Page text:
Settled on the Coast is now finished and in the hands of the beta readers and editors. It is intended that publication will be in May.
I must have dozed off myself and wake to the bed shaking and puppy whimpering. The twins are suddenly awake and crying and I hear the familiar groaning from deep in the earth. The building starts to shake harder as the ground sways and heaves. I stand the babies clutched in my arms and hear the cries of fear going up around the village. Staggering I head for the doorway of the bedroom and slide down to the floor clutching the children tightly to my breasts and puppy curls up across my knees shaking in fear. I bow my head over the babies and cuddle them tighter as the house groans around us, but stands strong. I can feel the door frame twisting behind my spine and glance up from under my eyelashes in time to see the front window pop open and the front door sag on its hinges.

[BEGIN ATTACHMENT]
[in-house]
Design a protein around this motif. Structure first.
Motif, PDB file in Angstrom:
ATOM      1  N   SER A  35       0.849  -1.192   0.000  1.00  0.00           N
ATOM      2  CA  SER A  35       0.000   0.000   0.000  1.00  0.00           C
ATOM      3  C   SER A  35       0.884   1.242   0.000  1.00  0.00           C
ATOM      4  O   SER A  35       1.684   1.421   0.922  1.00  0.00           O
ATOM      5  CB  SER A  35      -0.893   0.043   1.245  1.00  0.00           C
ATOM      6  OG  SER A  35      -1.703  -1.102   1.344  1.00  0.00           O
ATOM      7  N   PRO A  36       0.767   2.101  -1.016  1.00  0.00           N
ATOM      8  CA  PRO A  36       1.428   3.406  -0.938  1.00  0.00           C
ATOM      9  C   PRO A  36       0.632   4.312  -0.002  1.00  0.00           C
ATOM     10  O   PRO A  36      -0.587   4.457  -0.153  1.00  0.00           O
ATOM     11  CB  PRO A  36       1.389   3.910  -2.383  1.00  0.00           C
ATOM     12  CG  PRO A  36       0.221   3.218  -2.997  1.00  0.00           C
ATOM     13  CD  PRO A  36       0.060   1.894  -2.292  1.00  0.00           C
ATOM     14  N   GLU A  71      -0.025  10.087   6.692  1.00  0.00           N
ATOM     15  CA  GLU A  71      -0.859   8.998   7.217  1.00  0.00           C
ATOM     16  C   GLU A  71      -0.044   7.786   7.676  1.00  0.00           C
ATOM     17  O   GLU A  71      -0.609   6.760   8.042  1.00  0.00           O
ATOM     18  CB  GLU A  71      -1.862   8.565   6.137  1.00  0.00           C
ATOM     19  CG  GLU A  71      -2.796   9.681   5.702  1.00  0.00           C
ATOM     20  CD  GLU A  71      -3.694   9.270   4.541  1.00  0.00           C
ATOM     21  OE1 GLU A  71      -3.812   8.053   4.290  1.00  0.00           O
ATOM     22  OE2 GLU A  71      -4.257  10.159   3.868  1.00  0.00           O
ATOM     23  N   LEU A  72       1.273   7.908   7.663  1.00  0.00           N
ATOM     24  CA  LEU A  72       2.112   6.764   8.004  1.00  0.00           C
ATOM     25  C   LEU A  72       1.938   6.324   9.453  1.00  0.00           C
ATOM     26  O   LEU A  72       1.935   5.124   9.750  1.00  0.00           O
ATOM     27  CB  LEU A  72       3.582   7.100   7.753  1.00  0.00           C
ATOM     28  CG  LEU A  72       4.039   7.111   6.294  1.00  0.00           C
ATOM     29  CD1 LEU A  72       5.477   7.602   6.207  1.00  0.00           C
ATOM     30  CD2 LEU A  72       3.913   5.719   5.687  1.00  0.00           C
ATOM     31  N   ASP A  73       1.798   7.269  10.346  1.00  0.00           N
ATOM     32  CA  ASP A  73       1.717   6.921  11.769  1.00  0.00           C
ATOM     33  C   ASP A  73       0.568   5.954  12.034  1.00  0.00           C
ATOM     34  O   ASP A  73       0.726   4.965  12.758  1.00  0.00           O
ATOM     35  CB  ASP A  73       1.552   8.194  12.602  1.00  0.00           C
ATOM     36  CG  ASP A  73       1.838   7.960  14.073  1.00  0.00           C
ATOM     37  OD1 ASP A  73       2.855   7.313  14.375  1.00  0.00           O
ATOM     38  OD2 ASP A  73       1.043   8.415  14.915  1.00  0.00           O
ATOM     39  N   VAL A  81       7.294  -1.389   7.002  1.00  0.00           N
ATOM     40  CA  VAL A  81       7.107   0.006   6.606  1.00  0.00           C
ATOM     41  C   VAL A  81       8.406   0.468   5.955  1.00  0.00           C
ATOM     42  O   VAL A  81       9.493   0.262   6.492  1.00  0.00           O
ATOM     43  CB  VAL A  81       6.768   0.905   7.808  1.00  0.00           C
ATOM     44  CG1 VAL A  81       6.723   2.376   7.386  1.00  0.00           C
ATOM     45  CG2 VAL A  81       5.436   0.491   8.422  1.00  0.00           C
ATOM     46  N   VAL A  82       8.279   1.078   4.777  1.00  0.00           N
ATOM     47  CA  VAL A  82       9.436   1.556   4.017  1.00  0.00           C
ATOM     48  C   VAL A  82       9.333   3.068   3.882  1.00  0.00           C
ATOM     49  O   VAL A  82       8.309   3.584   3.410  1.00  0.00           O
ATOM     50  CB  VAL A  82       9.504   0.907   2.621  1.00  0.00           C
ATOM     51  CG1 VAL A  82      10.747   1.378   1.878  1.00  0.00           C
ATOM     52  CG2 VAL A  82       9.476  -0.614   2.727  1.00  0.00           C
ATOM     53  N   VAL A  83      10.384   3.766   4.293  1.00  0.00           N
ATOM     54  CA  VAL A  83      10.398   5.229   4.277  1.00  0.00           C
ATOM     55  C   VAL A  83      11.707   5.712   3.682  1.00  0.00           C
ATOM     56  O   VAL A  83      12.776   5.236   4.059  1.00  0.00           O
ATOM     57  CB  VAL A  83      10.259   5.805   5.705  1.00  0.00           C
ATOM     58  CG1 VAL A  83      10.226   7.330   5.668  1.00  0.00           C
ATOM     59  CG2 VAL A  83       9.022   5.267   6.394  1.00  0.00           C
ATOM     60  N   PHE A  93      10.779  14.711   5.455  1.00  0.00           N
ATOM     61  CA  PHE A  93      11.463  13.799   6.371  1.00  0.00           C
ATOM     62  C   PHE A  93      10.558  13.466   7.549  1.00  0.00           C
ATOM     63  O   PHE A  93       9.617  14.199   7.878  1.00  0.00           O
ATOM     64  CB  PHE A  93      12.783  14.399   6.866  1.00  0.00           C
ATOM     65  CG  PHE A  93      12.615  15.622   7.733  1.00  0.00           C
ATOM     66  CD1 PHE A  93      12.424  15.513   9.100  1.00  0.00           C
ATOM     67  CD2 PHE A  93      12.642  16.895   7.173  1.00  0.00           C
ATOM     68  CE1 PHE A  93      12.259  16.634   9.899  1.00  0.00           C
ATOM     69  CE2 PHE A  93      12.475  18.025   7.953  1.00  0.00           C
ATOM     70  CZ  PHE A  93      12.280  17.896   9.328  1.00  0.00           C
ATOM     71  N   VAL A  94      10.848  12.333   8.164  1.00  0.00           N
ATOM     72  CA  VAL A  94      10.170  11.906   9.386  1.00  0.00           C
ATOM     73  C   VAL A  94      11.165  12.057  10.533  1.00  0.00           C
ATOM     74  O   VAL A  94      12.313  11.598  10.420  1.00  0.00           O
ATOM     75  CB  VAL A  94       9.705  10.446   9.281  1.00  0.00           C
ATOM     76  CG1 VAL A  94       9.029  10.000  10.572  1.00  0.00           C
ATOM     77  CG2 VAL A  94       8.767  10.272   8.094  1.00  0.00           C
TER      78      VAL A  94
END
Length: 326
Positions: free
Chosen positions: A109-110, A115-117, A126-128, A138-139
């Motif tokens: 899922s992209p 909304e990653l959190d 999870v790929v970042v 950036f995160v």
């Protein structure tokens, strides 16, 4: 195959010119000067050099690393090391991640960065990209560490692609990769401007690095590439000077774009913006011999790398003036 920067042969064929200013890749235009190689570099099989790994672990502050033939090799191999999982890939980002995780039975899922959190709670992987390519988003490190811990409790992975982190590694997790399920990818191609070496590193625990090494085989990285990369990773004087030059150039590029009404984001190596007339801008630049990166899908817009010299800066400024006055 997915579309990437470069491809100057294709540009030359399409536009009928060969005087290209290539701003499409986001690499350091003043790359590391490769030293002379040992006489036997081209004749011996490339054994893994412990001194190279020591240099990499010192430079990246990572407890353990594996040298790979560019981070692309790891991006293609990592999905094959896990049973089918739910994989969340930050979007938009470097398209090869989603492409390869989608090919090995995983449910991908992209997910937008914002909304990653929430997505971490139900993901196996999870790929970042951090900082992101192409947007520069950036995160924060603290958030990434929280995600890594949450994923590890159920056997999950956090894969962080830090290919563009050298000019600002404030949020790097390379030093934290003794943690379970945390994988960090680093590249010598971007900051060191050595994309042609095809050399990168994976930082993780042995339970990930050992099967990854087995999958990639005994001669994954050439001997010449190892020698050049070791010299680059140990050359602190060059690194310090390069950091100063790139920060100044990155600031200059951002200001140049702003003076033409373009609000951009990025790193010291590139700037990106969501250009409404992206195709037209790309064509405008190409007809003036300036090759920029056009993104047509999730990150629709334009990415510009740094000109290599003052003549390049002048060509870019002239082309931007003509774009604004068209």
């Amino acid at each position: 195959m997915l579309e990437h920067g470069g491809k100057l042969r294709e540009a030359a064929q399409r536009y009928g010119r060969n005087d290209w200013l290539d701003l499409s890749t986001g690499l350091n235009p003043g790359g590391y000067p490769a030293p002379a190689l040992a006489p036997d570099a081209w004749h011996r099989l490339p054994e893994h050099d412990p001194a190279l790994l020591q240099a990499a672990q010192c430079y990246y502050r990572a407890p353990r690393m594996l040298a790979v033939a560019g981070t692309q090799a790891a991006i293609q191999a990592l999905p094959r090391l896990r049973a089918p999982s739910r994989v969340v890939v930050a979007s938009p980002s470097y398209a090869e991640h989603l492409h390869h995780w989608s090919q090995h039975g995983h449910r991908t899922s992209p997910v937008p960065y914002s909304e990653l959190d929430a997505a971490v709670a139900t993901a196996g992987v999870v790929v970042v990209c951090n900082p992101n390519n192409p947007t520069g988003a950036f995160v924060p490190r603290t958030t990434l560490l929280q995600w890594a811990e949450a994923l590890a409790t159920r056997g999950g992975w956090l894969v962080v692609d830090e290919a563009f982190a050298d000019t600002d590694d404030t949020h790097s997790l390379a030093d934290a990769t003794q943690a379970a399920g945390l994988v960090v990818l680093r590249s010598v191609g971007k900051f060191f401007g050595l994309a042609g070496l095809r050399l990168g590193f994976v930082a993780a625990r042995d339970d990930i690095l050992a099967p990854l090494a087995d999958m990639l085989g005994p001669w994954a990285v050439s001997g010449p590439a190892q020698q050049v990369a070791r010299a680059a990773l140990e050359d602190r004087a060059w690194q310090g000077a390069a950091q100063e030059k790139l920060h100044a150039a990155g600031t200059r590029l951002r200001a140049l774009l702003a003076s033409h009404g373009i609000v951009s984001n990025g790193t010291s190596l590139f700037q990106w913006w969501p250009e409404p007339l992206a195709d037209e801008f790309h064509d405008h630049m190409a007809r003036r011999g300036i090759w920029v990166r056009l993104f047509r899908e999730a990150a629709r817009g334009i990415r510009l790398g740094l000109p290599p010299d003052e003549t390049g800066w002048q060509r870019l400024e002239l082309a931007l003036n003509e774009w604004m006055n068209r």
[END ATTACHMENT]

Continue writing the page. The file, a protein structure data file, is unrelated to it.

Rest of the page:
The unearthly groaning and growling fades and the erratic movements cease after what seems like hours. Then the silence that follows is punctuated by cries and yells as the village stirs from the shock of the quake and the fear. I stagger to my feet once puppy moves off my legs and head for the pram and place the twins inside. Pushing at the sagging front door I open it and wheel the babies outside.
The sight that greets my eyes tears my mind back to January and the shock of the first earthquake. I park the pram in the centre of the village green and put Sandy in charge of the small group of younger children who are gathering there as the school evacuates. With mostly women, children and elderly people available to help until the men can get up the hill I quickly organise crews to head to the school which is sagging and twisted. We have to get the children out. I also organise a crew to go from house to house and check that everyone is out. Helen arrives with her medical bag slung over her shoulder and we start to check for injuries among those gathered here on the hill.